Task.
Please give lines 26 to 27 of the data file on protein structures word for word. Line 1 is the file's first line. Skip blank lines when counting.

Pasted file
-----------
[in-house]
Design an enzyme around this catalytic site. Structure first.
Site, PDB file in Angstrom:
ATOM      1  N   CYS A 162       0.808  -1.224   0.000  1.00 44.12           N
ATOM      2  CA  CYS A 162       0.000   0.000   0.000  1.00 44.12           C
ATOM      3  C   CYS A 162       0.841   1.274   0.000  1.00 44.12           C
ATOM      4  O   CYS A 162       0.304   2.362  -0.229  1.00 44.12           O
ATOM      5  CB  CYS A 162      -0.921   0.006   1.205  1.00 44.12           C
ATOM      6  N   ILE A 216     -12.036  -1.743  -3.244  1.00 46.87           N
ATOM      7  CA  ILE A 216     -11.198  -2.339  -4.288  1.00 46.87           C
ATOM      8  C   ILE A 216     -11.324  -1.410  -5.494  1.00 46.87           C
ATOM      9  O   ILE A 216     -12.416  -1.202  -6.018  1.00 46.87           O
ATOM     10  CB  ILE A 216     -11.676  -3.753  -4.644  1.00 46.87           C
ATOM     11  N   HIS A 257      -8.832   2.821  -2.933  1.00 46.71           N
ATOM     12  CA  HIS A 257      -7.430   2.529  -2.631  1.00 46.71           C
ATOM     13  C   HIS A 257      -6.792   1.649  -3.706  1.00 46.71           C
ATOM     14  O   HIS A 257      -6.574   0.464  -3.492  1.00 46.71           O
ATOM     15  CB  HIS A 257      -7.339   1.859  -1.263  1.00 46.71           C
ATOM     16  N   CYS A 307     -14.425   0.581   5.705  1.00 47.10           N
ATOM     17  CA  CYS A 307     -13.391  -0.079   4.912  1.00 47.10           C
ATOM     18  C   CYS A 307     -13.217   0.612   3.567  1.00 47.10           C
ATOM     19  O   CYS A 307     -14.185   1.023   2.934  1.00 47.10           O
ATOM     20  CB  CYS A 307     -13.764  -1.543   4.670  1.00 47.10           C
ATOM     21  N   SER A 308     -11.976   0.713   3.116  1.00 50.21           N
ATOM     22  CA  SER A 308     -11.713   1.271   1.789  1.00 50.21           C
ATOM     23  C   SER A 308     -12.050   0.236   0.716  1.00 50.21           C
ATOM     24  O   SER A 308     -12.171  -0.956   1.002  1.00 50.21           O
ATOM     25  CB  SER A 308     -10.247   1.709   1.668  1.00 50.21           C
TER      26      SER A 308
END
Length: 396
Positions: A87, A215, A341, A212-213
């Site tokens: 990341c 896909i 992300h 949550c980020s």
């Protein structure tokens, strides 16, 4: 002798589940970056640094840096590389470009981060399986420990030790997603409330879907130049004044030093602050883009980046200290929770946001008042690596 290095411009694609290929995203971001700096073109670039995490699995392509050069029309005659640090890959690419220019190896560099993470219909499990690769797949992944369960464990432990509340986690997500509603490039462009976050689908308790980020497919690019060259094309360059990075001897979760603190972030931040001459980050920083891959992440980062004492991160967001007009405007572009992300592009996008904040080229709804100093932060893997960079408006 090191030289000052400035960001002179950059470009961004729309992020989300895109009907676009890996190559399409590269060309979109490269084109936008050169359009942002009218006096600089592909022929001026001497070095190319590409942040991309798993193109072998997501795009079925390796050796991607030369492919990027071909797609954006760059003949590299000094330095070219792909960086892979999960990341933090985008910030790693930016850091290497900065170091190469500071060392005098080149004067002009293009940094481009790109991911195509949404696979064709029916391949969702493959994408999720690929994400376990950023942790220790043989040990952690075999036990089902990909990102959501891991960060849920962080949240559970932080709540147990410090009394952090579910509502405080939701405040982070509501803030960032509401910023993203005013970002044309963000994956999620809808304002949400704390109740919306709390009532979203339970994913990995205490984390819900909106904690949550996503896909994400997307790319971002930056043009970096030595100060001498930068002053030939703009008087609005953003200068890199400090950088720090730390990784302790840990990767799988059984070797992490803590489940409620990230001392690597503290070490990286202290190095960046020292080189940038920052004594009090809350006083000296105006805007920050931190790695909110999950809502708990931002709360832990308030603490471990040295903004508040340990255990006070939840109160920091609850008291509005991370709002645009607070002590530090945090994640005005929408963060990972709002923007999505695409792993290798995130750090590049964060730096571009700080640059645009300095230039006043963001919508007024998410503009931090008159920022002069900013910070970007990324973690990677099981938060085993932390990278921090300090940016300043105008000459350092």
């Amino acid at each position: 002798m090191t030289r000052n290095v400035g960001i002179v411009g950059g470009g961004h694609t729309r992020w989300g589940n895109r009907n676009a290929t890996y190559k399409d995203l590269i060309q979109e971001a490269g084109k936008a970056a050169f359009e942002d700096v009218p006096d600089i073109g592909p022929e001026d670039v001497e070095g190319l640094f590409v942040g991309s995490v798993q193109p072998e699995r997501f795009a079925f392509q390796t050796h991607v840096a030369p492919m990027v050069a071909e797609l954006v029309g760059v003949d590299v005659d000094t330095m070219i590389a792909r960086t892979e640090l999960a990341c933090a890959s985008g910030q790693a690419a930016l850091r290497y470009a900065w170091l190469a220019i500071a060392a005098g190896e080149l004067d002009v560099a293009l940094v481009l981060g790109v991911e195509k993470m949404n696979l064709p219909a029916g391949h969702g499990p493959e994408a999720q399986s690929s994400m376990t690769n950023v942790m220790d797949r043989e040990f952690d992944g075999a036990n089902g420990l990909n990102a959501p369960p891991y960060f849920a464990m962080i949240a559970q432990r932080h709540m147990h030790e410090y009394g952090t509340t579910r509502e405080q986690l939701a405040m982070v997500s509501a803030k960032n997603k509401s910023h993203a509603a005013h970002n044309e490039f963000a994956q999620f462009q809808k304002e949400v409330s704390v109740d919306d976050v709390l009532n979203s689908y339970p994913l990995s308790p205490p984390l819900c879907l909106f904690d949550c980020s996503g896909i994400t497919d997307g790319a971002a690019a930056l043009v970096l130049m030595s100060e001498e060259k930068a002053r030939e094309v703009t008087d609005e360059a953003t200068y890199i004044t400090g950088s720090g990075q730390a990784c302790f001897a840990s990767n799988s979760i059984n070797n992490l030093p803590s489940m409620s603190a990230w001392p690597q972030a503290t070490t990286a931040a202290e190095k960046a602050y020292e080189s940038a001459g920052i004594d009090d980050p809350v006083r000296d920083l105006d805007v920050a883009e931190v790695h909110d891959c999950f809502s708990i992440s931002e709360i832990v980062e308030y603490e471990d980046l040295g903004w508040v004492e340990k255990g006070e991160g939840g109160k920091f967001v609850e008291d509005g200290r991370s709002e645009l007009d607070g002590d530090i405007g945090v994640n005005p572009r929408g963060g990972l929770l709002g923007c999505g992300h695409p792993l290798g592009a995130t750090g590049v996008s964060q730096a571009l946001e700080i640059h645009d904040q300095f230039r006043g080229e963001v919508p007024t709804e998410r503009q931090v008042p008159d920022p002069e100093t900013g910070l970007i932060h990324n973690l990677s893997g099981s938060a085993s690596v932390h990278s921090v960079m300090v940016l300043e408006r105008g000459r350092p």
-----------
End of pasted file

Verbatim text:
ATOM     23  C   SER A 308     -12.050   0.236   0.716  1.00 50.21           C
ATOM     24  O   SER A 308     -12.171  -0.956   1.002  1.00 50.21           O